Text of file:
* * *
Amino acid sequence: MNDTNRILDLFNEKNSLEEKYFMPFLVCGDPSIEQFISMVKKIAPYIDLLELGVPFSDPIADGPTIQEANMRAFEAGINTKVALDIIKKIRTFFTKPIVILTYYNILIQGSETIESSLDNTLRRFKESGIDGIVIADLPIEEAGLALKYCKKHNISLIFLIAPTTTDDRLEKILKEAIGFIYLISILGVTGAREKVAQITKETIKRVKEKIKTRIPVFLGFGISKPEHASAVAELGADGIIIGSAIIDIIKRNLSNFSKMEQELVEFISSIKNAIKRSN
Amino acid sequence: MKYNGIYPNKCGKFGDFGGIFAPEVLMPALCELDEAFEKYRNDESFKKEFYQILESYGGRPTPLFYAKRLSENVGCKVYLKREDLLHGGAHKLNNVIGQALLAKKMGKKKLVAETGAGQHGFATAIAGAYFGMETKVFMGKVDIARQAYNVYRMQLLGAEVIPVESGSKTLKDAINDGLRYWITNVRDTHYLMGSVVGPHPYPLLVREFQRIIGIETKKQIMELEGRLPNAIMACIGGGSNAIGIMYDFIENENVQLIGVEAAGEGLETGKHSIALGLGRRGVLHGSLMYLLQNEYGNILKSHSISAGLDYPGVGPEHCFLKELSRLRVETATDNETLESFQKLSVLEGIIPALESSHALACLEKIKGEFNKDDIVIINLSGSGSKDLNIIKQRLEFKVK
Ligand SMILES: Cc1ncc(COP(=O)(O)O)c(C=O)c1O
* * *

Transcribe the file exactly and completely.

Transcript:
Amino acid sequence: MNDTNRILDLFNEKNSLEEKYFMPFLVCGDPSIEQFISMVKKIAPYIDLLELGVPFSDPIADGPTIQEANMRAFEAGINTKVALDIIKKIRTFFTKPIVILTYYNILIQGSETIESSLDNTLRRFKESGIDGIVIADLPIEEAGLALKYCKKHNISLIFLIAPTTTDDRLEKILKEAIGFIYLISILGVTGAREKVAQITKETIKRVKEKIKTRIPVFLGFGISKPEHASAVAELGADGIIIGSAIIDIIKRNLSNFSKMEQELVEFISSIKNAIKRSN
Amino acid sequence: MKYNGIYPNKCGKFGDFGGIFAPEVLMPALCELDEAFEKYRNDESFKKEFYQILESYGGRPTPLFYAKRLSENVGCKVYLKREDLLHGGAHKLNNVIGQALLAKKMGKKKLVAETGAGQHGFATAIAGAYFGMETKVFMGKVDIARQAYNVYRMQLLGAEVIPVESGSKTLKDAINDGLRYWITNVRDTHYLMGSVVGPHPYPLLVREFQRIIGIETKKQIMELEGRLPNAIMACIGGGSNAIGIMYDFIENENVQLIGVEAAGEGLETGKHSIALGLGRRGVLHGSLMYLLQNEYGNILKSHSISAGLDYPGVGPEHCFLKELSRLRVETATDNETLESFQKLSVLEGIIPALESSHALACLEKIKGEFNKDDIVIINLSGSGSKDLNIIKQRLEFKVK
Ligand SMILES: Cc1ncc(COP(=O)(O)O)c(C=O)c1O